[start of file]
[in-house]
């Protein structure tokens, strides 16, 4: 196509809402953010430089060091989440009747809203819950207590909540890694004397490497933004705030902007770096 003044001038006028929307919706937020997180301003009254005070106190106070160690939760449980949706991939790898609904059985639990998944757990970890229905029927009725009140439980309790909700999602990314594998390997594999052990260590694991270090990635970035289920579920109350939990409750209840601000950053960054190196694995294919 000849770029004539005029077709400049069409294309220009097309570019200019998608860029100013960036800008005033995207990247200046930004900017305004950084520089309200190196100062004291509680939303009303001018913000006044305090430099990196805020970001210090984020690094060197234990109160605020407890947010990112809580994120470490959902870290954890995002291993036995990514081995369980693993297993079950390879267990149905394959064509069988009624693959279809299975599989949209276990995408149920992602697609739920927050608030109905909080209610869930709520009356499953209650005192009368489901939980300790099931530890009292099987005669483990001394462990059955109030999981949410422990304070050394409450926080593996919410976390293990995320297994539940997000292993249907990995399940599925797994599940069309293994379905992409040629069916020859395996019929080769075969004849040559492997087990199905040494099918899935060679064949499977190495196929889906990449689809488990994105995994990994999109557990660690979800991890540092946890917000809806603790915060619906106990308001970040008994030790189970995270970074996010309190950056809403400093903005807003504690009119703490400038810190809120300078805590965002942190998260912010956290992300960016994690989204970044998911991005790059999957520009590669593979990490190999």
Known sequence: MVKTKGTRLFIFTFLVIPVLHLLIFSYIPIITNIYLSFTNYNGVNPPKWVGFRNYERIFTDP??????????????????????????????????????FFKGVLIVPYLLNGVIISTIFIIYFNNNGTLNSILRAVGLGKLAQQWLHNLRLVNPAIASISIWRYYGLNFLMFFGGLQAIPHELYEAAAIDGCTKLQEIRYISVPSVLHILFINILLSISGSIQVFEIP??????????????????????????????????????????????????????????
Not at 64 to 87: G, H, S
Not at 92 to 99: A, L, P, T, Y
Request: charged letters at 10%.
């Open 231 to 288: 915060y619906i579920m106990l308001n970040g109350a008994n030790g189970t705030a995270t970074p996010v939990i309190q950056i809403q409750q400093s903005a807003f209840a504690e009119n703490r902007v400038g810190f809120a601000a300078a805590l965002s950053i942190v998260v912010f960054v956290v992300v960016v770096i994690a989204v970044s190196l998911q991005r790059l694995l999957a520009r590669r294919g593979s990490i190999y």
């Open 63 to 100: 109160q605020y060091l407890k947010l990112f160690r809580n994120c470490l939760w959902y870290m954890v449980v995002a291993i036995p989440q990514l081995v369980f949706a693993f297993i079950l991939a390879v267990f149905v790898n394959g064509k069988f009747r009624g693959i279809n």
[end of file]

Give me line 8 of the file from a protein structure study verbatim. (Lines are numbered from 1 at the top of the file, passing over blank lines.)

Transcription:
């Open 63 to 100: 109160q605020y060091l407890k947010l990112f160690r809580n994120c470490l939760w959902y870290m954890v449980v995002a291993i036995p989440q990514l081995v369980f949706a693993f297993i079950l991939a390879v267990f149905v790898n394959g064509k069988f009747r009624g693959i279809n």